Ghost Candidates Show the Wisdom of a Second Ballot

Joe Mathews
Connecting California Columnist and Editor, Zócalo Public Square, Fellow at the Center for Social Cohesion at Arizona State University and co-author of California Crackup: How Reform Broke the Golden State and How We Can Fix It (UC Press, 2010)

In California, it should be legal to vote twice.

But only the second ballot should be counted.

Unfortunately, you can’t vote twice—a problem exposed by the “ghost candidates” who showed up on Democratic presidential primary ballots in California. Ballots are put together months in advance, and nine candidates on the ballot had dropped out of the race by March 3.

The state is encouraging people to vote early, and many voters cast ballots for Tom Steyer or Amy Klobuchar or Pete Buttigieg before they dropped out. And the state won’t let them send in the ballot again.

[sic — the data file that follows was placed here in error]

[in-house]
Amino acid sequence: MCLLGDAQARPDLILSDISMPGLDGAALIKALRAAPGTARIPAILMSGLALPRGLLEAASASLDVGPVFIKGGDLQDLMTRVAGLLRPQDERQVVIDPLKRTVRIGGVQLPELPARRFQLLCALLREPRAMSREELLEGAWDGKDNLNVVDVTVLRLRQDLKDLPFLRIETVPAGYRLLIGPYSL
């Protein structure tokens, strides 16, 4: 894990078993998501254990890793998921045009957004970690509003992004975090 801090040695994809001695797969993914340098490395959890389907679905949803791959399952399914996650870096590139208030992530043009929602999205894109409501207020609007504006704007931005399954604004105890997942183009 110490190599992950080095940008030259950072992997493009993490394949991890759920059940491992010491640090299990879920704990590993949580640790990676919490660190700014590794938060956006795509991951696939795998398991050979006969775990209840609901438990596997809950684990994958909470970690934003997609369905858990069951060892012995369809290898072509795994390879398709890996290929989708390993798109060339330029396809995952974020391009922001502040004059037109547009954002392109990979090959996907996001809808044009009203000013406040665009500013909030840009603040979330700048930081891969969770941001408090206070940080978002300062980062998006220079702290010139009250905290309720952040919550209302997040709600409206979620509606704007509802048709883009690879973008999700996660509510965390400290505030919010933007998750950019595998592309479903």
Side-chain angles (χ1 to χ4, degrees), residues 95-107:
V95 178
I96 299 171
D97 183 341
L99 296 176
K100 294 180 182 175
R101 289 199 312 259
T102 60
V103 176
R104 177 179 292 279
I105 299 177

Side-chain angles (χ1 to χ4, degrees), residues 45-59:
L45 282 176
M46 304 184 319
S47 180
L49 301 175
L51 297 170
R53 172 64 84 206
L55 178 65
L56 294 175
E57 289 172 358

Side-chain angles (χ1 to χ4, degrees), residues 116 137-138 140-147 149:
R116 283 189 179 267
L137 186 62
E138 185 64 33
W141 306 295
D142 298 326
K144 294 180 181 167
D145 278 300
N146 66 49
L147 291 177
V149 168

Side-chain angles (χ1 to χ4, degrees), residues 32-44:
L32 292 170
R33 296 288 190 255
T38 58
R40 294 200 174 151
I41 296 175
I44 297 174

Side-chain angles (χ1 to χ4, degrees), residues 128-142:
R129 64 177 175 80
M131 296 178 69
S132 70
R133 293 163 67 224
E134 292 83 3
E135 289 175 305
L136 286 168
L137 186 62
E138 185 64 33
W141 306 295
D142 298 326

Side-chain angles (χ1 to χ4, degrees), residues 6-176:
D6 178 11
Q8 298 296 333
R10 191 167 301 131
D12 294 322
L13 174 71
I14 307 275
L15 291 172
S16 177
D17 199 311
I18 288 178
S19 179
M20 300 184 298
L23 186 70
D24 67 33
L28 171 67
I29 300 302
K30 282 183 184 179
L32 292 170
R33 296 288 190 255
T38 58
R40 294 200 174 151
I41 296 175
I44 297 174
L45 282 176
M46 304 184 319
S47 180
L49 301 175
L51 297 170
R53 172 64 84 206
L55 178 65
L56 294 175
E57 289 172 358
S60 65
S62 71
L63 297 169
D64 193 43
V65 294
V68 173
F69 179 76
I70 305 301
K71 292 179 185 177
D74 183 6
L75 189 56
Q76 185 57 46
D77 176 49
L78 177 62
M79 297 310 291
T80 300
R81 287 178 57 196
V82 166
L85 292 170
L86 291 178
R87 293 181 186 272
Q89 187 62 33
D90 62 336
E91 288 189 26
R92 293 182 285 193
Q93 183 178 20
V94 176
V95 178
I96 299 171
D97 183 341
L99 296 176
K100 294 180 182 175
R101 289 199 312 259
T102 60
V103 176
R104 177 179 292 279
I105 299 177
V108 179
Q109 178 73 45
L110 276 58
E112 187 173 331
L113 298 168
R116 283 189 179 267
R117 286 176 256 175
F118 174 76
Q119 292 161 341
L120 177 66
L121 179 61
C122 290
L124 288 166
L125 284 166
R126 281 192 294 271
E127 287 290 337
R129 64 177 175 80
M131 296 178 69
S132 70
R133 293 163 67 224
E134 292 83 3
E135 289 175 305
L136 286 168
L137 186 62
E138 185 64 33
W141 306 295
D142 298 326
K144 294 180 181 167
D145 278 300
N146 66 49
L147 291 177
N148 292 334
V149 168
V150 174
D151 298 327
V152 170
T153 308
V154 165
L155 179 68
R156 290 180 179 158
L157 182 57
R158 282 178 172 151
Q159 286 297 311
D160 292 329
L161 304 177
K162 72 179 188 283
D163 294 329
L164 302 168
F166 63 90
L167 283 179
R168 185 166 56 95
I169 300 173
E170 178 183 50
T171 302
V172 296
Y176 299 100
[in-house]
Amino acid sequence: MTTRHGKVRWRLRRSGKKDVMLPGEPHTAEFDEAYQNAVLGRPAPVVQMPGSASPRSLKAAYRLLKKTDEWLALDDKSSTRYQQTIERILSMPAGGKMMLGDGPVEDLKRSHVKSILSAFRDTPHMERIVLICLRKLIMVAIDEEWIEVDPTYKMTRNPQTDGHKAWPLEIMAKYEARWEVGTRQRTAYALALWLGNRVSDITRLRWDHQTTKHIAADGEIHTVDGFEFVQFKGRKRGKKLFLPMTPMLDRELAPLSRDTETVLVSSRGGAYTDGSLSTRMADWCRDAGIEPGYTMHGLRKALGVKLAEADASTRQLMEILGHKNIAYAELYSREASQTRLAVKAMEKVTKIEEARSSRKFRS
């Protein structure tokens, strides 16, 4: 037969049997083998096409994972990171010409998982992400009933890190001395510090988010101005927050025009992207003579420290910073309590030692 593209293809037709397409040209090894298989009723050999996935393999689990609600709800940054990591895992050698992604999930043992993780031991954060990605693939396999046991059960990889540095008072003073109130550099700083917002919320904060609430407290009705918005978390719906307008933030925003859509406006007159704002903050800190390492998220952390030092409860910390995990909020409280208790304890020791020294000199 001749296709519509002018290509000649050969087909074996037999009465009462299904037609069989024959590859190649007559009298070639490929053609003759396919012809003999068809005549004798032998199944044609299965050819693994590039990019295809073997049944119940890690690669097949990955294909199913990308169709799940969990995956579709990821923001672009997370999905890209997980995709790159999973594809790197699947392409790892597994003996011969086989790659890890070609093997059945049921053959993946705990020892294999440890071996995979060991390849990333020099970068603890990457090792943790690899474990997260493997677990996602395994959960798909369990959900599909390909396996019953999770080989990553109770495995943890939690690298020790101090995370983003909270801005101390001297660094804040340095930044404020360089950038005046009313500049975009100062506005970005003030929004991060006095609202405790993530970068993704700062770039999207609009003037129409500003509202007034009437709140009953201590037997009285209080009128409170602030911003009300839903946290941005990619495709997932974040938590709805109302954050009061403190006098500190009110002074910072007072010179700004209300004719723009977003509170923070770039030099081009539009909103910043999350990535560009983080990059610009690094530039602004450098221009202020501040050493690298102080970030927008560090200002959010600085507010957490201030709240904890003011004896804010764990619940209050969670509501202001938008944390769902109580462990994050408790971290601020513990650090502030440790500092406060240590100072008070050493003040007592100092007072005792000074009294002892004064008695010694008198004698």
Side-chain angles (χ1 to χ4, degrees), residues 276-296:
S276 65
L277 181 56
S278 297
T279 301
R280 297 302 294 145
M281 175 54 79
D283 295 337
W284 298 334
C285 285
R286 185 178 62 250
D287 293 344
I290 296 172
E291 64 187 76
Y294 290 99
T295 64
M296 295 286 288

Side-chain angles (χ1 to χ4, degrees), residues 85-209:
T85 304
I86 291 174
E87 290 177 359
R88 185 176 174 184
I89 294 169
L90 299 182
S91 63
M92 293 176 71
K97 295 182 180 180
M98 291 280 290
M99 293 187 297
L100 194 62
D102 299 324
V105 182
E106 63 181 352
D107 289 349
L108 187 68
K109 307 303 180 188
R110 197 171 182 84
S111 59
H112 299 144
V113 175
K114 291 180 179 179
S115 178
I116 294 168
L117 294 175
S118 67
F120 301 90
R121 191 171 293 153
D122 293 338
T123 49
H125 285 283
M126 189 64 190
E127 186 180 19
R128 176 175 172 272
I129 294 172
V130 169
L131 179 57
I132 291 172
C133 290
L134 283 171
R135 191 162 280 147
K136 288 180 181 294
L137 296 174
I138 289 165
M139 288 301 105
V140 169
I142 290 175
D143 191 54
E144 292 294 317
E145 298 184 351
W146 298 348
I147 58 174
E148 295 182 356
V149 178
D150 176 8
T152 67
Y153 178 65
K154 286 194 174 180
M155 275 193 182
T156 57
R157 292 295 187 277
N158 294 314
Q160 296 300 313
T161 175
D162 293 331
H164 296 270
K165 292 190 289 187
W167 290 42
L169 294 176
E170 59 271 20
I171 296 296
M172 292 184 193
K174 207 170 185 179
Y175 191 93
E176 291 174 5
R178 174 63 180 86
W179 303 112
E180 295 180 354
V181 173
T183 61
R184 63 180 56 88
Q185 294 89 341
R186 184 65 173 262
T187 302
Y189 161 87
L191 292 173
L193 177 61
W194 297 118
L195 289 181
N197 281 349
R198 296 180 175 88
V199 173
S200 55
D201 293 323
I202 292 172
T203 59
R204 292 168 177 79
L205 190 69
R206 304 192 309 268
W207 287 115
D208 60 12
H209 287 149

It shouldn’t be that way. In other places around the world, voters can send in a second ballot that negates the first. It’s the last ballot sent in that counts.

That should be the case in California. Yes, implementation would have its challenges. But California is already in the midst of improving and remaking voting anyway. And the counties already take their time casting ballots.

Most important, allowing a second vote provides democratic accountability. Voters can react to late-breaking information about a ballot measure or a candidate, if they have a second vote. And given all the races on our ballots, and the difficulty of finding reliable information these days, people need every chance to vote they can get. Including a second chance.

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